From the Gettysburg PO
By Michael Cooper-White, Seminary President
Dear Friend in Christ:
Shortly before a recent day at the office concluded, as I was wrapping up some pending matters prior to a few days of vacation, the call came from our mutual friend in Chicago, Pr. Don Hallberg, director of the Foundation of the Evangelical Lutheran Church in America. Don’s call and your generous intent made my day, and I lift prayers of thanksgiving to God for you!
Pr. Hallberg explained that it is your desire to remain “anonymous” in your extravagant generosity. Following our standard protocol, Gettysburg Seminary would issue a letter of thanks if your gift were $3 or $300 or $3,000. The fact that ultimately it will be a gift of $300,000 upon the completion of your life’s journey means that your donative intent will make a BIG difference for the Seminary in perpetuity. You and I share a common commitment to ecumenism, and your gift to the Seminary’s permanent endowment will ensure ongoing ecumenical education that will broaden the horizons of future generations of students.
You have chosen well in your selection of Gettysburg Seminary for this marvelous gift. The biography of our founder, Samuel Simon Schmucker, is entitled “Pioneer in Christian Unity.” Since the beginning, this school has heeded our Lord’s yearning “that they may be one” as God’s people. For nearly two centuries, ecumenical impulses have emanated from this institution into wide-ranging arenas. We were one of the founders of the ecumenical Washington Theological Consortium. The keynoter for our 2006 opening Academic Convocation is its current director, Father John Crossin, a Roman Catholic priest. Back in the late 1960’s, a Roman Catholic bishop was invited to preach in our chapel—a radical move at the time! All students are required to take at least one course in a school of another C hristian denomination. Here on campus we offer courses in practical engagement with our full communion partners, as well as a new course on major world religions taught by a professor joining our faculty this fall. While the large majority of our students are Lutheran, we are blessed every year by a rich sprinkling of present and future ministers from many traditions. You can be assured that the intended purpose of your gift—offering courses in ecumenism—will be honored.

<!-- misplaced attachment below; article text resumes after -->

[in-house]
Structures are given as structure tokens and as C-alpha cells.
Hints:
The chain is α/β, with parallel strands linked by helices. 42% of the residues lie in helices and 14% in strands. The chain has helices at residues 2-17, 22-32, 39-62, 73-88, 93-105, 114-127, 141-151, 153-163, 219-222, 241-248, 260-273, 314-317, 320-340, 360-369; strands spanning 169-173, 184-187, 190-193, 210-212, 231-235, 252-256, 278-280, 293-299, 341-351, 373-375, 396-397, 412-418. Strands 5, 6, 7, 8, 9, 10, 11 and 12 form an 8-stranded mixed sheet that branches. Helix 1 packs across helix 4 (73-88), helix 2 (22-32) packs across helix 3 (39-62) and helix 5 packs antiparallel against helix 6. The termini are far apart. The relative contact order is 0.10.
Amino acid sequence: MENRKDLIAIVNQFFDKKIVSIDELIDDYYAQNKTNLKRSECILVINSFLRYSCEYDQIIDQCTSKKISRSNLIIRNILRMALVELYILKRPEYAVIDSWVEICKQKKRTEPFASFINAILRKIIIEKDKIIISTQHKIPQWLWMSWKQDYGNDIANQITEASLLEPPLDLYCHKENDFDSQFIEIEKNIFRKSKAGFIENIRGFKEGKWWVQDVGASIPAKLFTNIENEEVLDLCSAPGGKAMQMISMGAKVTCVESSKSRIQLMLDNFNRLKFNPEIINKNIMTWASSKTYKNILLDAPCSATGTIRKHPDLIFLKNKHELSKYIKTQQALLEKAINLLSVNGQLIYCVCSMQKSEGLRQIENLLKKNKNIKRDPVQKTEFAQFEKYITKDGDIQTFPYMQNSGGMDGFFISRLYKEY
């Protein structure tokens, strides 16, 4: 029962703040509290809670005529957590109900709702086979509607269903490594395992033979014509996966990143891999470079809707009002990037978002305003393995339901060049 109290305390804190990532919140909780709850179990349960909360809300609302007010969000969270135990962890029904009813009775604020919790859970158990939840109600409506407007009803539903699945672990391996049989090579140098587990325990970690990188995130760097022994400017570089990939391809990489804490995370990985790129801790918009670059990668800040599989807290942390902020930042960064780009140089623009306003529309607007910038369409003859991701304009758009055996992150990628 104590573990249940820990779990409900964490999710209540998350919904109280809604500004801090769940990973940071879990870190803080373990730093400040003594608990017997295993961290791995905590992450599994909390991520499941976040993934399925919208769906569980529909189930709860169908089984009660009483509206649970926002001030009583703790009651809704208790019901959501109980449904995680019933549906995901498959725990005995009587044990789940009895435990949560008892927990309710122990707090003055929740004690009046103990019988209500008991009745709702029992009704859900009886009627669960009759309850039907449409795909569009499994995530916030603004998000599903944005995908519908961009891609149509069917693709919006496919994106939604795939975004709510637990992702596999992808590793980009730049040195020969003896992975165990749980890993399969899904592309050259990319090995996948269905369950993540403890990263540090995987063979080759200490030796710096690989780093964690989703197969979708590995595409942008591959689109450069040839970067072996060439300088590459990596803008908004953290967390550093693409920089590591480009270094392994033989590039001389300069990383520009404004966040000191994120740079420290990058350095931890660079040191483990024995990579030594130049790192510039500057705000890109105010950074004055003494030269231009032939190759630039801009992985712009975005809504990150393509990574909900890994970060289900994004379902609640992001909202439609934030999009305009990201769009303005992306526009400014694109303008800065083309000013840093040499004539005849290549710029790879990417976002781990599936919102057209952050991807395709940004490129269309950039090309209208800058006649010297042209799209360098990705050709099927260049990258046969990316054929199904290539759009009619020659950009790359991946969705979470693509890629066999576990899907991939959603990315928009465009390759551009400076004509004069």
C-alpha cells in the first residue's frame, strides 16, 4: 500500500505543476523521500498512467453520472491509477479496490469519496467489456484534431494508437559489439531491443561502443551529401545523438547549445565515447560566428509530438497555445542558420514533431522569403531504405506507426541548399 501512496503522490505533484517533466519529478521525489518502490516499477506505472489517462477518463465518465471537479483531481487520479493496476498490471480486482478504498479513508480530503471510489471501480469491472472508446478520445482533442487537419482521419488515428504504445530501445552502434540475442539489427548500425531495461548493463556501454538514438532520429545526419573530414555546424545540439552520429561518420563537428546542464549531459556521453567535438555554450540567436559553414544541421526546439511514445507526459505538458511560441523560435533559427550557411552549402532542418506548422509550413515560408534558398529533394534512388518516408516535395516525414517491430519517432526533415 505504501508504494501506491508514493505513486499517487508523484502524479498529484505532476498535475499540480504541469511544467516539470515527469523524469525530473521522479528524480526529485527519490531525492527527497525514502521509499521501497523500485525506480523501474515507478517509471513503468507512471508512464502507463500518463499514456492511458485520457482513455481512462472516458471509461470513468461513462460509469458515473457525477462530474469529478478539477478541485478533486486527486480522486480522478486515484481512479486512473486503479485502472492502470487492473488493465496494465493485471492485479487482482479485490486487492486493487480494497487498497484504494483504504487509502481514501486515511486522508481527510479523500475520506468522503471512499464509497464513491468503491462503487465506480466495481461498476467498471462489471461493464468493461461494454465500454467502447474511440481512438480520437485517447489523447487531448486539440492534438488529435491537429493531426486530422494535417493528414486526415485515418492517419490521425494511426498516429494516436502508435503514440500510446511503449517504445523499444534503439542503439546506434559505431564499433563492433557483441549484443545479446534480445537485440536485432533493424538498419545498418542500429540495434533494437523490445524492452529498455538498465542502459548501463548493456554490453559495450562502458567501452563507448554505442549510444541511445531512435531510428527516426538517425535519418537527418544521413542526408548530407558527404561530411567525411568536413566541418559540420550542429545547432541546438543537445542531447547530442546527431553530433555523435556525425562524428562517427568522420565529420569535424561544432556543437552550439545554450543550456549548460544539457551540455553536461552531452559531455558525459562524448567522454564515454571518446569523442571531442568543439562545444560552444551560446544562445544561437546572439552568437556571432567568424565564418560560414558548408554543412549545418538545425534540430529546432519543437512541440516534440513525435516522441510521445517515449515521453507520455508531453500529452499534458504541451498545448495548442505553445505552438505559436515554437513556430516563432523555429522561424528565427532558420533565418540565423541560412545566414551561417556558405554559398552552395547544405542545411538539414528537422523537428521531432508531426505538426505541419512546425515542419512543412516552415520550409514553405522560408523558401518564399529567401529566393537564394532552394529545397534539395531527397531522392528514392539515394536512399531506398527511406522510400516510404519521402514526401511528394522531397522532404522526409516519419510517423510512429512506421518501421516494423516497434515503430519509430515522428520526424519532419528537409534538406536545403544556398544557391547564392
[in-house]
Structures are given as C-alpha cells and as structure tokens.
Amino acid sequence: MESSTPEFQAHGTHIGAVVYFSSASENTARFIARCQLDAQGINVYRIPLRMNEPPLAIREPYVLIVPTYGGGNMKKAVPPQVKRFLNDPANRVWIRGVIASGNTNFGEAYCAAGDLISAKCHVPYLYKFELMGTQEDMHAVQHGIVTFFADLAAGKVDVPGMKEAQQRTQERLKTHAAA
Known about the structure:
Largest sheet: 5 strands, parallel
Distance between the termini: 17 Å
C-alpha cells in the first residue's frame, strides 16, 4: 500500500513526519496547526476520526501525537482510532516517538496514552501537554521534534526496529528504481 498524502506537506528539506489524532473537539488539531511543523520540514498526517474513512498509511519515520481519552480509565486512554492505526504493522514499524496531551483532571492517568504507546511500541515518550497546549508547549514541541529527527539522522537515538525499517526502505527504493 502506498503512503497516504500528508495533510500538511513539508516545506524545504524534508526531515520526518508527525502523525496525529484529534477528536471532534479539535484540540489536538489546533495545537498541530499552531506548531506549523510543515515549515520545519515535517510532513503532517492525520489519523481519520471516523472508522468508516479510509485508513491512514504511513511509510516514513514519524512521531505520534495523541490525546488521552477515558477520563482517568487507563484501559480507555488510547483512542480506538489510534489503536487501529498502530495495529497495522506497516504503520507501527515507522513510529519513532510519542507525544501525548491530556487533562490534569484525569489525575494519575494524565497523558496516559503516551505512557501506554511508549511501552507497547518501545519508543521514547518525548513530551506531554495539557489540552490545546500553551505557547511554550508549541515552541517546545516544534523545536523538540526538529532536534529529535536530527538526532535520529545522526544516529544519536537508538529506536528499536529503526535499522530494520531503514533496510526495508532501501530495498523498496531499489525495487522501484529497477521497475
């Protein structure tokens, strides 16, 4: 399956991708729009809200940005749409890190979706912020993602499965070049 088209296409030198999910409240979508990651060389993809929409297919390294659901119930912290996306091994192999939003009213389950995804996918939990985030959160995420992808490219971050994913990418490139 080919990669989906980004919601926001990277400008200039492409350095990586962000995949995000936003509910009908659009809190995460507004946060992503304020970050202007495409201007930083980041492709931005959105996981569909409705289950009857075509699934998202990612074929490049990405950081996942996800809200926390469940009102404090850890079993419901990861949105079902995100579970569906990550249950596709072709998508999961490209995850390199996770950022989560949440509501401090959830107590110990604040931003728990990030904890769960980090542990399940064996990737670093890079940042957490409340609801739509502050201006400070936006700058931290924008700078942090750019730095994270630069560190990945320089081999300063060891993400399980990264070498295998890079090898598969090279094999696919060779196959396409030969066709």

How I wish I could know your name and call you on the phone or pay a personal visit! But in humility, you have chosen to be anonymous in this incredible act of Christian stewardship. Perhaps you are a regular reader of our Seminary website and will come across my “anonymous acknowledgement” in this venue. In any case, I trust that in the larger life of God there may be a day beyond our days here on earth for me to express gratitude on behalf of Gettysburg Seminary.
Oh, and one final note: Might it be possible without compromising your anonymity to offer several friends and relatives a word of encouragement? In other words, can you quietly share your commitment to such lavish generosity, with a gentle but firm urging, “Go thou and do likewise”?! God bless you, dear anonymous saint and supporter of Gettysburg Seminary, whoever and wherever you are . . .